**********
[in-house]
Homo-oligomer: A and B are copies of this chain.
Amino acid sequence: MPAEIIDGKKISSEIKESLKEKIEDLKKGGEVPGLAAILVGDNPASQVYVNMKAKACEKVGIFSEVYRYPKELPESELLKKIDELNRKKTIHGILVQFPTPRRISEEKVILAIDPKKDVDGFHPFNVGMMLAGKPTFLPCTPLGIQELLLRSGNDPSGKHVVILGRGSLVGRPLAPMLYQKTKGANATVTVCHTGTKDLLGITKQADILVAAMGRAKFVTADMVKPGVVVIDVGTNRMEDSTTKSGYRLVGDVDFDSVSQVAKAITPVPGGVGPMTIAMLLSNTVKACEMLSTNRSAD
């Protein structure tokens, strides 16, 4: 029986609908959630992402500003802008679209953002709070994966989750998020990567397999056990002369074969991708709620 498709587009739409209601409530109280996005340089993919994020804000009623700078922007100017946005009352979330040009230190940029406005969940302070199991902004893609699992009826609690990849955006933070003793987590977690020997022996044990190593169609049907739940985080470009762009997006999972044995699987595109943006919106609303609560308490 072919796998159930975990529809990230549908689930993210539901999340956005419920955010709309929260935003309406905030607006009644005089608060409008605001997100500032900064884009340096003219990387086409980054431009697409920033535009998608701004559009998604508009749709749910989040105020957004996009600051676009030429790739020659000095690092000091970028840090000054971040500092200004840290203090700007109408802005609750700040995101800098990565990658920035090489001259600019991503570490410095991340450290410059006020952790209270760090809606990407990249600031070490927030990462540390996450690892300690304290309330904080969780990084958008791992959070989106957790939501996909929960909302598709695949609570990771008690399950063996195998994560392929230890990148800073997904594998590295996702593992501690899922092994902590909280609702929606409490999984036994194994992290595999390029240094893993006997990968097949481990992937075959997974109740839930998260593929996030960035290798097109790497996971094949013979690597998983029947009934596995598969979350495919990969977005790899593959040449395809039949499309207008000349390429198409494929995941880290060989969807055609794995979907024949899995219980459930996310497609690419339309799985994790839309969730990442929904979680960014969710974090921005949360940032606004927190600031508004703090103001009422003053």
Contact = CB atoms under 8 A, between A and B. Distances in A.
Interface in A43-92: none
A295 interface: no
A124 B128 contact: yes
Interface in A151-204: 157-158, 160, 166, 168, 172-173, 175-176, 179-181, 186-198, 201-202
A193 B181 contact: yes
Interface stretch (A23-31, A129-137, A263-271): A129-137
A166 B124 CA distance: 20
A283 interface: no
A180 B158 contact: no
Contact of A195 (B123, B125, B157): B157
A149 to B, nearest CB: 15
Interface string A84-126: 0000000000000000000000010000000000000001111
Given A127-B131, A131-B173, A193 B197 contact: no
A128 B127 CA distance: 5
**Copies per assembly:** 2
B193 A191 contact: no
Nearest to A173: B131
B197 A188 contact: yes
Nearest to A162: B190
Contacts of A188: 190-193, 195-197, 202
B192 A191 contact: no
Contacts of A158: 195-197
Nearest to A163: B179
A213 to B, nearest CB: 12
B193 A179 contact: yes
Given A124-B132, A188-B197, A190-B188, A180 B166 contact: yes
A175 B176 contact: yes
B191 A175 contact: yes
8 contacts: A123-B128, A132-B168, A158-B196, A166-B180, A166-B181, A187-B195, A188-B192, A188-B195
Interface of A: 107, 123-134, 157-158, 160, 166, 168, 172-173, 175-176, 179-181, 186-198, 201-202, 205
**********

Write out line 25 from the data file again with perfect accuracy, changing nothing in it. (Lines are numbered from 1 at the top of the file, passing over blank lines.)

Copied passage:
Contacts of A188: 190-193, 195-197, 202